Sundance – Homework
Homework is a disappointingly bland, coming-of-age tale about malcontent teenagers, placed in an world so ridiculous, the film simply begs not to be taken seriously. Sundance should be ashamed of bringing this film into a year where the lineup is particularly strong. And director Gavin Wiesen should have skipped the independent film step all together and gone immediately to direct Sandra Bullock films where he’ll consistently make plenty of money, and plenty of Golden Razzies.
The cast is led by Freddie Highmore, the actor who broke as the adorably depressed orphan in Finding Neverland. Since then, he’s consistently chosen mediocre projects that actually seem to be a good fit for him. He plays George, a fatalistic teenager who’s about to graduate a private high school in New York, despite having never turned in a single assignment for the last year. He’s really meant to be depressed, but Highmore just doesn’t have the skills to make anyone believe it. He doesn’t seem to be able to do anything without a half smile and a glint in his eye. If we can’t believe he’s depressed, we must believe he’s just lazy. And what is interesting or new about a lazy, unmotivated teenager unsatisfied with what is actually a pretty good life?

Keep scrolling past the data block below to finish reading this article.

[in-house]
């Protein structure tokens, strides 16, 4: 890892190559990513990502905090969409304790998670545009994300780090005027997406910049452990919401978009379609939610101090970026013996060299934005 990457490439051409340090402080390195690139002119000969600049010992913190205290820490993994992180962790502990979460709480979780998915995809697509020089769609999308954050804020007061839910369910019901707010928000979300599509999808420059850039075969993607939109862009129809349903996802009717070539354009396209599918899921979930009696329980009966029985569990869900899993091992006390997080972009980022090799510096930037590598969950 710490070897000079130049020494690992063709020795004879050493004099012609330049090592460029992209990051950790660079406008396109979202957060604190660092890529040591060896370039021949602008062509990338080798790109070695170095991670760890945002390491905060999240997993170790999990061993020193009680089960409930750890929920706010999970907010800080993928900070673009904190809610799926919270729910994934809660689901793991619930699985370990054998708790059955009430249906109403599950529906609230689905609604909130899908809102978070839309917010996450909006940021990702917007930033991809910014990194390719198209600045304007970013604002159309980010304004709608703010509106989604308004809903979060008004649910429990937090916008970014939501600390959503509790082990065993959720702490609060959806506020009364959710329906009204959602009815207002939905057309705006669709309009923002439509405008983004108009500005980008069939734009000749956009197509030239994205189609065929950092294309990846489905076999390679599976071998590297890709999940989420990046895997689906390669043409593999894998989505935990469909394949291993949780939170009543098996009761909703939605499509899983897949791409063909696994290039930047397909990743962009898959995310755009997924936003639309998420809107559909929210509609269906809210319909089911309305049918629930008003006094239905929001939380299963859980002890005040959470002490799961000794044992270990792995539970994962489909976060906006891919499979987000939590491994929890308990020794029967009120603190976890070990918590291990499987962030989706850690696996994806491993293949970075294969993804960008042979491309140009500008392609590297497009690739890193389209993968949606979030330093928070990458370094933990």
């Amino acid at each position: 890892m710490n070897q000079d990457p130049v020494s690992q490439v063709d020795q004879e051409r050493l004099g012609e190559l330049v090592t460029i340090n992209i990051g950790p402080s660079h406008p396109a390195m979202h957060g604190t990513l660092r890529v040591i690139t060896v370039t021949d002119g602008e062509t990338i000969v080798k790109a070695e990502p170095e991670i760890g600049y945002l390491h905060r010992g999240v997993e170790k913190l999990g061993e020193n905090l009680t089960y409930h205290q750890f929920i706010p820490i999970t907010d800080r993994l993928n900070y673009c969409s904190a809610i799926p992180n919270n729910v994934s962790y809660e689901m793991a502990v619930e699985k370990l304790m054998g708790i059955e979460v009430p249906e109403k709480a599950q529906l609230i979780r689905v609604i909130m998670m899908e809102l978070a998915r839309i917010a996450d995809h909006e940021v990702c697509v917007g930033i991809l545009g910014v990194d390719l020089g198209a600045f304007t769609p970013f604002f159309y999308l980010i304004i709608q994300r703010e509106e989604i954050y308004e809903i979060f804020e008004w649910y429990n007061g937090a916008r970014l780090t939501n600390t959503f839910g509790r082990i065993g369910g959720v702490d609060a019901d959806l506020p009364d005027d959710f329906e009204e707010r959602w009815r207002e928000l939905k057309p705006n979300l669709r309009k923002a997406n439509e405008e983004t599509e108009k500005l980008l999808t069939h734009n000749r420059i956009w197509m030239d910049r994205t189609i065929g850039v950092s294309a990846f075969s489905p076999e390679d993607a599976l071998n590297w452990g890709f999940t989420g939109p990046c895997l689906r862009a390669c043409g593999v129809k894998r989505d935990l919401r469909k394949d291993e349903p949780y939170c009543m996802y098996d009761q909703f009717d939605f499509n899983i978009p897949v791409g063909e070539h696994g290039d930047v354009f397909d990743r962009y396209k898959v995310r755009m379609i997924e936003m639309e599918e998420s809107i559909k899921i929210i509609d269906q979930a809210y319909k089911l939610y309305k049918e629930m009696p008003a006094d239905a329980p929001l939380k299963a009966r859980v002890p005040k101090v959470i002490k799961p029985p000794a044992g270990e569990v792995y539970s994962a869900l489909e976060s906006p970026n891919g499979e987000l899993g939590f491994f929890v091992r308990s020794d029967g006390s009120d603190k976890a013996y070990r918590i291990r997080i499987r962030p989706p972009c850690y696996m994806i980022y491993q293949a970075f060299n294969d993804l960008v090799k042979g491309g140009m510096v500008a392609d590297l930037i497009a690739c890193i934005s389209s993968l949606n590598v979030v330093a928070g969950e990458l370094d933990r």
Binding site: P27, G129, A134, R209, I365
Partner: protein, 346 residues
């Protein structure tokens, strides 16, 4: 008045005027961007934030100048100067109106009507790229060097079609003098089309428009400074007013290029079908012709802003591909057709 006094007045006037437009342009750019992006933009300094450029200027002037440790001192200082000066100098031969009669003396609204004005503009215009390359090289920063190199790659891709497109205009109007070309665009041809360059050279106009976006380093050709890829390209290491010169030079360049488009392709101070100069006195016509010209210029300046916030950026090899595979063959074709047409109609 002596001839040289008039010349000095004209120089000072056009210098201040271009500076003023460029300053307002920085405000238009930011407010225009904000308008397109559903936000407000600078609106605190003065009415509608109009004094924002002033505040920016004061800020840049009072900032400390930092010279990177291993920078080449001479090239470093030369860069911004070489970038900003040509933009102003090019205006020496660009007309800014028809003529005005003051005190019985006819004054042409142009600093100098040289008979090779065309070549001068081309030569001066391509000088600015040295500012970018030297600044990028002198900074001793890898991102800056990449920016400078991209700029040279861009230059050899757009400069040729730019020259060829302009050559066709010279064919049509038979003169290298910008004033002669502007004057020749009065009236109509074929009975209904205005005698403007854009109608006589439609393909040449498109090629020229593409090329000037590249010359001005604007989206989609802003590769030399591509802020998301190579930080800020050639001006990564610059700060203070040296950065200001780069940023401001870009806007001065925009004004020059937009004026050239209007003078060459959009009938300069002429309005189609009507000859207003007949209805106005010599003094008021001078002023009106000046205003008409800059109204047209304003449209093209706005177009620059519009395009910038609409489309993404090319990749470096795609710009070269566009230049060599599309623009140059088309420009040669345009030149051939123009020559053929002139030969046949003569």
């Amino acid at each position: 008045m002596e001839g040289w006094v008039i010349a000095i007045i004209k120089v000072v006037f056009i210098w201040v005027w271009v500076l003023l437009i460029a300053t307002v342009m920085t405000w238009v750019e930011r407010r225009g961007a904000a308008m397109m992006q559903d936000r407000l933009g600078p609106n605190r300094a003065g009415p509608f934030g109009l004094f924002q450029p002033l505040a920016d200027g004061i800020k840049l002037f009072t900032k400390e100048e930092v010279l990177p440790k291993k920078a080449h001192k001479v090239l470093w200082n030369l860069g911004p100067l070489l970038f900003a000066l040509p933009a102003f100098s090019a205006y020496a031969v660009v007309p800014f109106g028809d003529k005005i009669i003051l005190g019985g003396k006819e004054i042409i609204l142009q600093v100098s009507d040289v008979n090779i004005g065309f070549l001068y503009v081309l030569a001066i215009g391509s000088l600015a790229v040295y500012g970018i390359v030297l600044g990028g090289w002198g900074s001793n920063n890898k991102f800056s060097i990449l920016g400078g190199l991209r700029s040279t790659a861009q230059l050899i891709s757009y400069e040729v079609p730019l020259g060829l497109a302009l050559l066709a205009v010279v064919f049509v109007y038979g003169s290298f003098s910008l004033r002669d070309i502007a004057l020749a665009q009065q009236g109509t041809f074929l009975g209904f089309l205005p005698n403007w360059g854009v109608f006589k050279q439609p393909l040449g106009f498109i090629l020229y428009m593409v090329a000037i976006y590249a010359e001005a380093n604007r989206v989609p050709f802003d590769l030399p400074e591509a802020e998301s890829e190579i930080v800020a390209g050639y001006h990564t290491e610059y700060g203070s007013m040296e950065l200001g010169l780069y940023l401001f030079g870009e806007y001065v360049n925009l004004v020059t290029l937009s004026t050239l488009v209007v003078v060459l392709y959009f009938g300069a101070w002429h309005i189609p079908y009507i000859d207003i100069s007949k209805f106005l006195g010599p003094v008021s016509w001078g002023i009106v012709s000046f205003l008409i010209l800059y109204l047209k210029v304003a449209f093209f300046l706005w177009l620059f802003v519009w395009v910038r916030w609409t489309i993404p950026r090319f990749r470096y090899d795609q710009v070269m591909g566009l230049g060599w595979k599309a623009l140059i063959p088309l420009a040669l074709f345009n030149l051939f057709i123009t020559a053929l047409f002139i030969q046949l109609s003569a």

George is paired with a popular girl named Sally, also meant to seem unhappy. She’s played by Emma Roberts, who’s reprising her role from It’s Kind of a Funny Story. George begins to be mentored by a successful artist in his twenties, played by Michael Angarano. If you don’t immediately see a love triangle that leaves George out in the cold, this probably is a film you’ll enjoy.
In this attempted creation of a world where high school is meant to seem like the catalyst for the rest of your life, Wiesen has placed all his teenage characters in apartments where they live by themselves. They run hip dance clubs during New Year’s Eve celebrations, and if any of the characters need to have mildly serious talk, they go to a bar, and do it over a beer. Despite the fact they all look like they’re thirteen years old. Even though George’s parents are getting evicted from the offices of their business, and forced to sell their apartment, he still seems to have plenty of money to drink champagne out of the bottle, or to take Sally out to a restaurant on Valentine’s Day. The whole thing seems disingenuous, artificially emotional, and overall unsatisfying. And with a soundtrack that must have cost the filmmakers much more than the entire budgets of most of the films at Sundance, Homework sticks out as an awkward, sore thumb.